Saturday, May 4, 2013


Trying to reestablish a regular meditation practice, I've had to adapt to sitting in chairs because I left my Standard Issue Zen Pillow (S.I.Z.P., aka zafu) behind when I last moved. I've noticed a big difference in the quality of my attention when sitting crosslegged and upright on a S.I.Z.P. versus sitting upright on a regular chair.
At first, I thought it was due to habit. I'm used to the pillow. I associate that posture with meditation. But I just noticed that sitting in a chair in my habitual posture only requires me to notice my spine, leaving me prone to daydream, whereas sitting on the pillow in Standard Zen Posture requires me to pay attention to every part of my body, from head to toe. Now I realize that S.Z.P. has a purpose: to keep one's attention grounded.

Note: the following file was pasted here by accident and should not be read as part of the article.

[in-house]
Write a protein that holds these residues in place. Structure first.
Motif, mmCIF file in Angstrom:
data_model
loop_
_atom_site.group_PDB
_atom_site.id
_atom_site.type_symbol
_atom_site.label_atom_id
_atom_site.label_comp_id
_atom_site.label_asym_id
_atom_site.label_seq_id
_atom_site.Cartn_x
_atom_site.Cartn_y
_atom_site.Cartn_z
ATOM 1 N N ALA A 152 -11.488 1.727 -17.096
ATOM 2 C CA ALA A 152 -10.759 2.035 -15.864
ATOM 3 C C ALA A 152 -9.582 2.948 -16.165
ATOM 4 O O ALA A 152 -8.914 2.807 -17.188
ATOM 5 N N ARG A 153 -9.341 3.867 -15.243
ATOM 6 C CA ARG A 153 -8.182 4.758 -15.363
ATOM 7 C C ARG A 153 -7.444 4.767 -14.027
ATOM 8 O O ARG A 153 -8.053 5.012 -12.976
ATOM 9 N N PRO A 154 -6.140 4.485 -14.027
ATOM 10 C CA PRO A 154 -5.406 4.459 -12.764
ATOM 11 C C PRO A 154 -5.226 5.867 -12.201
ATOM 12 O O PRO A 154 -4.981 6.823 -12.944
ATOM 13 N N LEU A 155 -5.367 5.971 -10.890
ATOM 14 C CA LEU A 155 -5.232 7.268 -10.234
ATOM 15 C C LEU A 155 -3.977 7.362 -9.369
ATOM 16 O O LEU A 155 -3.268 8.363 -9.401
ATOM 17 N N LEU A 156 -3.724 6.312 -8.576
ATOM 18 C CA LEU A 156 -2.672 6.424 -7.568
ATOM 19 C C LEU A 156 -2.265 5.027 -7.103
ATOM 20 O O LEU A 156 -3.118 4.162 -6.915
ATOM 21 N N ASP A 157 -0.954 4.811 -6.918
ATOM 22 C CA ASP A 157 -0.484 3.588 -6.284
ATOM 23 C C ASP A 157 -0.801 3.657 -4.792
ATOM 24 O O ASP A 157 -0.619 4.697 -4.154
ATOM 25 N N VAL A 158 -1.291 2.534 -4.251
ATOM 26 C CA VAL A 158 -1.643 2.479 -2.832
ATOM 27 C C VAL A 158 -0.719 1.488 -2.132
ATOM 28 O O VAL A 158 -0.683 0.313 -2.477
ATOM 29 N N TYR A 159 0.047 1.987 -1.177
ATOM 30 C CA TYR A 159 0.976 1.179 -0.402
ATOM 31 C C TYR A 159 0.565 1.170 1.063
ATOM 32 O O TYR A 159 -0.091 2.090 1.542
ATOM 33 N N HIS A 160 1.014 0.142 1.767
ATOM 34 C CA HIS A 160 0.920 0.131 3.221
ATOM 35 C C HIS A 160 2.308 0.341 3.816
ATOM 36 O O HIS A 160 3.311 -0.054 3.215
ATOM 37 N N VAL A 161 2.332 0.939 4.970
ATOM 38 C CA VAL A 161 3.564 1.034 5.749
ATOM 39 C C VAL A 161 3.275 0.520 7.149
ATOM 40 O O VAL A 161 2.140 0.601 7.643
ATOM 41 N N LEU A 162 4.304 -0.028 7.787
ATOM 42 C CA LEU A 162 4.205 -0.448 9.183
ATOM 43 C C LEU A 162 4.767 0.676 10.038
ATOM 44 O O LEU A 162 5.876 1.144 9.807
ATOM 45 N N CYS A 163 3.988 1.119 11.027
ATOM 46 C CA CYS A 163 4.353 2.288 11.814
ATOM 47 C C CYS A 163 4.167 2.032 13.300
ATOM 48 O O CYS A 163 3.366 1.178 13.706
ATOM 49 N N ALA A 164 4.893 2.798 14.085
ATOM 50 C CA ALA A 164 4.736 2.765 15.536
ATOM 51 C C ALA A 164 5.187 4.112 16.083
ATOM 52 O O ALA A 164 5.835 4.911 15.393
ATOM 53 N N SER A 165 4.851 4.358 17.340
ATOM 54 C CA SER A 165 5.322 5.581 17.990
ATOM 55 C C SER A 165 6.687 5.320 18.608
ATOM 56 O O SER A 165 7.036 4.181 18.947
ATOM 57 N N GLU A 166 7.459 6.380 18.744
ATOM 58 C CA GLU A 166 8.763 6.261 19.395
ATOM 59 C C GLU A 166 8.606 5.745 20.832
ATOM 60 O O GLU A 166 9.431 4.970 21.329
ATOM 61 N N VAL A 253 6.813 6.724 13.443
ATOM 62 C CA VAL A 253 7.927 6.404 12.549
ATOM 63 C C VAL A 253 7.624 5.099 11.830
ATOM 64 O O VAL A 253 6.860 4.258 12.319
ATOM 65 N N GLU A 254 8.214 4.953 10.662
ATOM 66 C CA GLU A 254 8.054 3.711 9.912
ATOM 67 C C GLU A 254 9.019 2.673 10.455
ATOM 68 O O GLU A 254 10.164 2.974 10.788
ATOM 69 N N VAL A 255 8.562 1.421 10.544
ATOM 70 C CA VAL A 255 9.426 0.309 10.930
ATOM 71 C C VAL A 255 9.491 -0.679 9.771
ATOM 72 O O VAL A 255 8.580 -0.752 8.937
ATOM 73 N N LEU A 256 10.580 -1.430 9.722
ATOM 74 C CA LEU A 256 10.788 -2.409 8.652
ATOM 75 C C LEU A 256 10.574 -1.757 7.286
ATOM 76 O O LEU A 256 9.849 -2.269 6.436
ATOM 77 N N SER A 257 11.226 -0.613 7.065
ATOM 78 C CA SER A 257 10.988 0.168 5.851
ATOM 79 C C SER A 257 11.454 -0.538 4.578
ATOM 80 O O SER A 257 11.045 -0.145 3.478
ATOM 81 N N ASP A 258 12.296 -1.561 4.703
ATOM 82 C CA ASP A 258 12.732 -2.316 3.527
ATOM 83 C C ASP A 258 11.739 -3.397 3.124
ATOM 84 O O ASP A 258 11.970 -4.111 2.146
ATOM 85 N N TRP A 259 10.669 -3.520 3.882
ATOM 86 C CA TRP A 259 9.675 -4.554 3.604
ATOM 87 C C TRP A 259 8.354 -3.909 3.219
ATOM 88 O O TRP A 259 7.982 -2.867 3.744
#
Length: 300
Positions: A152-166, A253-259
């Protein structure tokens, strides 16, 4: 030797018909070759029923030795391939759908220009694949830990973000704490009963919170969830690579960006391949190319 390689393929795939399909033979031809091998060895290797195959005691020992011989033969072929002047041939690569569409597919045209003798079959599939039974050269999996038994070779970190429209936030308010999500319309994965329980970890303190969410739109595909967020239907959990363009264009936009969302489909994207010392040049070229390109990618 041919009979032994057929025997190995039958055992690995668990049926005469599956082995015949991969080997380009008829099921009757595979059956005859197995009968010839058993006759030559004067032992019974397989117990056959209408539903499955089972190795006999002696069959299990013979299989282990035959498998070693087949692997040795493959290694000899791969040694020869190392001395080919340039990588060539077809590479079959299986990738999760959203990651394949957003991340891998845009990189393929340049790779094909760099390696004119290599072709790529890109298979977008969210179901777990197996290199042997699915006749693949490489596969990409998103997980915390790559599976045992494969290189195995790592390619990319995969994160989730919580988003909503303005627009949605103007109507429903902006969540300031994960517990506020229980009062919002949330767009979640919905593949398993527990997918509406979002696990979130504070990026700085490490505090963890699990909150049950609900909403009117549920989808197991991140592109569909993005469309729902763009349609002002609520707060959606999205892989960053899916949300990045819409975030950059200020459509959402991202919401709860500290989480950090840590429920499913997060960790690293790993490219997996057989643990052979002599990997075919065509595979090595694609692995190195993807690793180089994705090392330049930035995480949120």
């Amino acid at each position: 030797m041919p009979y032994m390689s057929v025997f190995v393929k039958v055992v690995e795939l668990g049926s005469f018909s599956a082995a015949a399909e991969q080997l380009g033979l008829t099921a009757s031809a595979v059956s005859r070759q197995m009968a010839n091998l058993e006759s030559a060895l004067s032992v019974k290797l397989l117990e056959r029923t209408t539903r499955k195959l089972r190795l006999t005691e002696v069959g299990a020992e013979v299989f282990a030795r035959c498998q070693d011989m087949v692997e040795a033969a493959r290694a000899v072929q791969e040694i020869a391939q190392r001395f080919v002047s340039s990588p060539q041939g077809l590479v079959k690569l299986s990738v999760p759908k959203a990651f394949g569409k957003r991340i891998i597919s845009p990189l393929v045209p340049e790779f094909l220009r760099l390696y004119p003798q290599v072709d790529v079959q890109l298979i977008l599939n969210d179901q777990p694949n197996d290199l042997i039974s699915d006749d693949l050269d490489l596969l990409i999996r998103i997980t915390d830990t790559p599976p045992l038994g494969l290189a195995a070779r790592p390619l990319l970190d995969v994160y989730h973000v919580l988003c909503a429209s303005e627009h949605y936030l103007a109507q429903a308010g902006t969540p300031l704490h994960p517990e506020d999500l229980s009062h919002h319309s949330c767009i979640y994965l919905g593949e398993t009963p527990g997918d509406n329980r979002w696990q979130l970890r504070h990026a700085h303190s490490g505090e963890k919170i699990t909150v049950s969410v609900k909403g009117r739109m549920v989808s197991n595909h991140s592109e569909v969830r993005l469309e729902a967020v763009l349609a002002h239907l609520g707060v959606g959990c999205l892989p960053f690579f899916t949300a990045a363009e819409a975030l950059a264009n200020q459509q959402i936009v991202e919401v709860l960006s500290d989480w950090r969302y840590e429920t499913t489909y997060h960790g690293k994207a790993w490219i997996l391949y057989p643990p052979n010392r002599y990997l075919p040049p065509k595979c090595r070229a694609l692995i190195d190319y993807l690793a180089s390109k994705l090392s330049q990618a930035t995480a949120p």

So I applied this to sitting in the chair by thinking deliberately about the placement of each limb, even if I were going to keep it in the same position as before. After that, meditation was just as focused as it was on the pillow with standard posture. The conclusion is that any posture works for meditation so long as it is deliberate and draws attention to one's entire body.

No comments:

Post a Comment